Almaty International Airport tells how to reduce the cost of air tickets

The Almaty International Airport, Kazakhstan, responded to airline accusations of an excessively high cost of servicing aircraft, which, according to air carriers, affects the high cost of air tickets. One also brought options that can help lower prices.

Expensive flights

During a message to the people, President Kassym-Zhomart Tokayev was indignant at the high prices of air tickets in Kazakhstan, noting that they are sometimes 30% more expensive than in Europe.

Later, Deputy Prime Minister Zhenis Kassymbek noted that there is a shortage of aircraft in the country to meet demand, so prices of air tickets are high.

At the same time, Air Astana’s Revenue Management Director Yerbolat Baisalykov said in an interview with KTK that high prices for air tickets are due to jet fuel costs, maintenance of airports and other ground services.

Aircraft service share in air ticket price

Arnat Akhmetzhanov, tariff policy manager, Financial Control Department, Almaty International Airport, responded to allegations against the airport of excessively high tariffs for servicing aircraft.

“The current tariffs at the airport in Almaty have not been reviewed for ten years. The level of our tariffs covers only operating costs including salaries of production personnel, maintenance costs, depreciation, raw materials and utilities,” Mr. Akhmetzhanov told Sputnik Kazakhstan.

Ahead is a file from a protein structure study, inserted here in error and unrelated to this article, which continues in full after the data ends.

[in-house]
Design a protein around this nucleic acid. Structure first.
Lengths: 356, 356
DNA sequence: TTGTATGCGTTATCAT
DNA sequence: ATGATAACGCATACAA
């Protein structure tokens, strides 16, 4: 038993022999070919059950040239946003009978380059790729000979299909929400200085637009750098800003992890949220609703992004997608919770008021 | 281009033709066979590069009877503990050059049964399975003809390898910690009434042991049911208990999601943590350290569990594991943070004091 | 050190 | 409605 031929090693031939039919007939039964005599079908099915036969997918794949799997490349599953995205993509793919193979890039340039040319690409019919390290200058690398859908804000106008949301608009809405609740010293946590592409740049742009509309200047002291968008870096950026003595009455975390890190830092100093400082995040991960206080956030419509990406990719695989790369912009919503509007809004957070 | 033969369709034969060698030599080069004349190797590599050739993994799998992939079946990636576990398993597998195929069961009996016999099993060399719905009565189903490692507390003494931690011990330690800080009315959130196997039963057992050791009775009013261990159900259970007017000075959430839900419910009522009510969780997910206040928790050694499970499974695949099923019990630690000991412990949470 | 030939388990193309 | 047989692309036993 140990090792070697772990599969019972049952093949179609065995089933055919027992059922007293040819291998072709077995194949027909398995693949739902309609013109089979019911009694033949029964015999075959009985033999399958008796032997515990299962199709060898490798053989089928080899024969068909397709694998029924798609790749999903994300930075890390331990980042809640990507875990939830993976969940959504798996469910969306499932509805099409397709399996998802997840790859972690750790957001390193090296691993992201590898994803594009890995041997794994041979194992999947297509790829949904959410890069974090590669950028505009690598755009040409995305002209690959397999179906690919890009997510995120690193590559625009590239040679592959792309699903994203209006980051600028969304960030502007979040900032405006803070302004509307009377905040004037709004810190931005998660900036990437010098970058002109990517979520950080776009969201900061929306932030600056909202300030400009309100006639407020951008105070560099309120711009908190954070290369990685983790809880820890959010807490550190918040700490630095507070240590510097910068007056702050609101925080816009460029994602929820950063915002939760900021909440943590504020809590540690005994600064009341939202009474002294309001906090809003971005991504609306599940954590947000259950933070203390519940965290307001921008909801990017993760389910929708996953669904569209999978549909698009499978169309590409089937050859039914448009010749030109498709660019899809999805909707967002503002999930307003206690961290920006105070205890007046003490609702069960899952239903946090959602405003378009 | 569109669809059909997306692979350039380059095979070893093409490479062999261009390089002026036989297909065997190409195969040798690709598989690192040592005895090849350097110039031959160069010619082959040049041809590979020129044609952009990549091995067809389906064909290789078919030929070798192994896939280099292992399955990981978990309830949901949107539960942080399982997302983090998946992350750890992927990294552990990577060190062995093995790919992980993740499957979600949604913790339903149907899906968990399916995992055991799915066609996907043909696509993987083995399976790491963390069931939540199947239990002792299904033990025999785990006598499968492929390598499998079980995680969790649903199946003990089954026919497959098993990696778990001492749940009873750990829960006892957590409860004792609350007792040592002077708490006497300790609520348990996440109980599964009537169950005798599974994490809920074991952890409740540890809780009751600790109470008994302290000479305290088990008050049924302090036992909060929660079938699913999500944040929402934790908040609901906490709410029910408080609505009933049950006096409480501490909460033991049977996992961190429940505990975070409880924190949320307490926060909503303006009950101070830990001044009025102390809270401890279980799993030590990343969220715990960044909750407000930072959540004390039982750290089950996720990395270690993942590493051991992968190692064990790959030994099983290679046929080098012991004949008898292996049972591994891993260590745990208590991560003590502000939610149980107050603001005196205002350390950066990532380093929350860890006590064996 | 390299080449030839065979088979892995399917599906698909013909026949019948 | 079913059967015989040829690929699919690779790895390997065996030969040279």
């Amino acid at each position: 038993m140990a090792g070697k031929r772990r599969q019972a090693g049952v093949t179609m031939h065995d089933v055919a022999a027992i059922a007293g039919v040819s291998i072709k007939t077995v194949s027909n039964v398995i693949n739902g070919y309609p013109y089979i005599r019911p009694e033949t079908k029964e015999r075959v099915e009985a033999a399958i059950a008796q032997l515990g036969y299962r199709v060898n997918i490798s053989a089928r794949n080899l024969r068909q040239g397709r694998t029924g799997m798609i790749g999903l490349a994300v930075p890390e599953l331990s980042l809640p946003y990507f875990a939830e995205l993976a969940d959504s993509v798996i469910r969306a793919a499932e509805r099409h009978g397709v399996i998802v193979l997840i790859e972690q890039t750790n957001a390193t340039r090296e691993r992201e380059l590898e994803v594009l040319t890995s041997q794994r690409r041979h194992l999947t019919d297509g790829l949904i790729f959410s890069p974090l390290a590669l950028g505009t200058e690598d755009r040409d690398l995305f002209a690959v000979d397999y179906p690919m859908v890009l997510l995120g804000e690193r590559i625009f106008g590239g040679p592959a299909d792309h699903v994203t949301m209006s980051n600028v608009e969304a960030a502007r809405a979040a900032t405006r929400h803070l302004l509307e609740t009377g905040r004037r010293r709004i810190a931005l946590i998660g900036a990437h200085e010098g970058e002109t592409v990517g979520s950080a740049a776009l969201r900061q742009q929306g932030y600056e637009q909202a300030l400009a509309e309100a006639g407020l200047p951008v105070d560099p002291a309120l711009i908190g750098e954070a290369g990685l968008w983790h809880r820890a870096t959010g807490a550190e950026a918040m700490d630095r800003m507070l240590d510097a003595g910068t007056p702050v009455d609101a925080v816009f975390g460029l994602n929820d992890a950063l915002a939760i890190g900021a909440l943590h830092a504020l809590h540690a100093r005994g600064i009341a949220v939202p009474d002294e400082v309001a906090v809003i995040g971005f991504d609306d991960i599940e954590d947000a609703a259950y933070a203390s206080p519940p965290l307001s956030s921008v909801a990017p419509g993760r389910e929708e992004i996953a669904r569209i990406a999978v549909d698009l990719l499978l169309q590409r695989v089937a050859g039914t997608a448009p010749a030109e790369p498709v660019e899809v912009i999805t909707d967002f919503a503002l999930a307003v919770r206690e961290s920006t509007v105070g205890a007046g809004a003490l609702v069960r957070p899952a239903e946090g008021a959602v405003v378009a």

At the same time, he explains: if the calculations are made, it will become clear that in the structure of the cost of air tickets, airport expenses occupy only three to seven percent. It depends on the airline economy, air route and type of aircraft. At the same time, if we take into account the nearest international competitors, such as the airports in Bishkek, Tashkent or, for example, Novosibirsk, then the cost of service is at least twice as high.

Two options for reducing the cost of air travel

At the same time, the Almaty International Airport is sure that there are opportunities for a significant reduction in airfare. There are at least two scenarios for this.

“First, under the current regime of closed sky, it is necessary to return the state price regulation of domestic air transportation, which was carried out until 2015. After its cancellation, the cost of air tickets and the dynamics of price growth went up sharply. There are many antitrust regulation and control tools,” Mr. Akhmetzhanov said.

The second scenario is even simpler and more realistic: creating competition by liberalizing airspace.

In other words, it is necessary to open the sky and allow other air carriers to ensure that there is competition between the airlines: then prices will drop noticeably, and new destinations will not be long in coming.

“Also, “open skies” will have a multiplier effect: it will increase trade, the flow of citizens, increase tourist attractiveness, and more money will come to the state treasury. But the main thing is that all airports in Kazakhstan will develop without exception. Additional investments will appear, new terminals will be built, the quality of services will improve,” Mr. Akhmetzhanov said.

In the meantime, according to him, the Almaty International Airport, as well as all other Kazakhstan airports, is, as if in claws: on the one hand, the state does not allow raising prices for air carrier services, on the other hand, the state does not open the market to other world airlines. And there are dozens of them, already negotiating with the airport in Almaty.

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